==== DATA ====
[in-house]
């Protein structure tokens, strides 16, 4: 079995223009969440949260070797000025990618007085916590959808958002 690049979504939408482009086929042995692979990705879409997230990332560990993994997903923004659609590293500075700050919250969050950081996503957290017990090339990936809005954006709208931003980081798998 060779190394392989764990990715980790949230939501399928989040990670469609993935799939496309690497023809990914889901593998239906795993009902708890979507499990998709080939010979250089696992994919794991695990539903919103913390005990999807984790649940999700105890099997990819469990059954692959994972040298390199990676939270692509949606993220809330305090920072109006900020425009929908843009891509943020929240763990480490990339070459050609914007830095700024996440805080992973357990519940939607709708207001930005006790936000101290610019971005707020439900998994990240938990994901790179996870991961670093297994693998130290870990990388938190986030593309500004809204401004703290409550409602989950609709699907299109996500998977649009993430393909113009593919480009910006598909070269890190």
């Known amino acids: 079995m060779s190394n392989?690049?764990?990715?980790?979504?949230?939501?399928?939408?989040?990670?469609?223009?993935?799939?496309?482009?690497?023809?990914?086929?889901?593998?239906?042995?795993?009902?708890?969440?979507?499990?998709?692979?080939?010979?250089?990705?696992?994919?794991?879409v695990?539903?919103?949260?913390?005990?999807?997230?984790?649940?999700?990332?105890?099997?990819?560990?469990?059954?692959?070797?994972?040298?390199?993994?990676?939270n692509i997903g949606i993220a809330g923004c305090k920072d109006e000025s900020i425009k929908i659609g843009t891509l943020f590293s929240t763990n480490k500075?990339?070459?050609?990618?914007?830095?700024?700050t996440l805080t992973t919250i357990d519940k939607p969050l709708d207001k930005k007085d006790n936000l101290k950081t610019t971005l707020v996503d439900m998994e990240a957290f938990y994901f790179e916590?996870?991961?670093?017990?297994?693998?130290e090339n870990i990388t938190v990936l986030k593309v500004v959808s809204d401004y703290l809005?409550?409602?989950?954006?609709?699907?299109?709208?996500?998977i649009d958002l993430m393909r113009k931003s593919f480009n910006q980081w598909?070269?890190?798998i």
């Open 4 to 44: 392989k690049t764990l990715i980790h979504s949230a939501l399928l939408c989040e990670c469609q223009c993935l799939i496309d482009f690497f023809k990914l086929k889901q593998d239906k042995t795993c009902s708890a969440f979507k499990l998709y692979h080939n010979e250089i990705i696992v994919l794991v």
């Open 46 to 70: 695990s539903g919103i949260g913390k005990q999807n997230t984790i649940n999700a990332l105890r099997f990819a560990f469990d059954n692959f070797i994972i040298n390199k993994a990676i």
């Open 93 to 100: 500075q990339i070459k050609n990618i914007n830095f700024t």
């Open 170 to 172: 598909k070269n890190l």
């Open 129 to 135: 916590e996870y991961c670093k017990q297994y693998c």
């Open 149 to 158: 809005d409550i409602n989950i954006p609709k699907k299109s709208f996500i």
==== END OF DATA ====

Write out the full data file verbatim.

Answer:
[in-house]
């Protein structure tokens, strides 16, 4: 079995223009969440949260070797000025990618007085916590959808958002 690049979504939408482009086929042995692979990705879409997230990332560990993994997903923004659609590293500075700050919250969050950081996503957290017990090339990936809005954006709208931003980081798998 060779190394392989764990990715980790949230939501399928989040990670469609993935799939496309690497023809990914889901593998239906795993009902708890979507499990998709080939010979250089696992994919794991695990539903919103913390005990999807984790649940999700105890099997990819469990059954692959994972040298390199990676939270692509949606993220809330305090920072109006900020425009929908843009891509943020929240763990480490990339070459050609914007830095700024996440805080992973357990519940939607709708207001930005006790936000101290610019971005707020439900998994990240938990994901790179996870991961670093297994693998130290870990990388938190986030593309500004809204401004703290409550409602989950609709699907299109996500998977649009993430393909113009593919480009910006598909070269890190």
């Known amino acids: 079995m060779s190394n392989?690049?764990?990715?980790?979504?949230?939501?399928?939408?989040?990670?469609?223009?993935?799939?496309?482009?690497?023809?990914?086929?889901?593998?239906?042995?795993?009902?708890?969440?979507?499990?998709?692979?080939?010979?250089?990705?696992?994919?794991?879409v695990?539903?919103?949260?913390?005990?999807?997230?984790?649940?999700?990332?105890?099997?990819?560990?469990?059954?692959?070797?994972?040298?390199?993994?990676?939270n692509i997903g949606i993220a809330g923004c305090k920072d109006e000025s900020i425009k929908i659609g843009t891509l943020f590293s929240t763990n480490k500075?990339?070459?050609?990618?914007?830095?700024?700050t996440l805080t992973t919250i357990d519940k939607p969050l709708d207001k930005k007085d006790n936000l101290k950081t610019t971005l707020v996503d439900m998994e990240a957290f938990y994901f790179e916590?996870?991961?670093?017990?297994?693998?130290e090339n870990i990388t938190v990936l986030k593309v500004v959808s809204d401004y703290l809005?409550?409602?989950?954006?609709?699907?299109?709208?996500?998977i649009d958002l993430m393909r113009k931003s593919f480009n910006q980081w598909?070269?890190?798998i």
């Open 4 to 44: 392989k690049t764990l990715i980790h979504s949230a939501l399928l939408c989040e990670c469609q223009c993935l799939i496309d482009f690497f023809k990914l086929k889901q593998d239906k042995t795993c009902s708890a969440f979507k499990l998709y692979h080939n010979e250089i990705i696992v994919l794991v």
């Open 46 to 70: 695990s539903g919103i949260g913390k005990q999807n997230t984790i649940n999700a990332l105890r099997f990819a560990f469990d059954n692959f070797i994972i040298n390199k993994a990676i």
């Open 93 to 100: 500075q990339i070459k050609n990618i914007n830095f700024t």
């Open 170 to 172: 598909k070269n890190l």
């Open 129 to 135: 916590e996870y991961c670093k017990q297994y693998c």
């Open 149 to 158: 809005d409550i409602n989950i954006p609709k699907k299109s709208f996500i």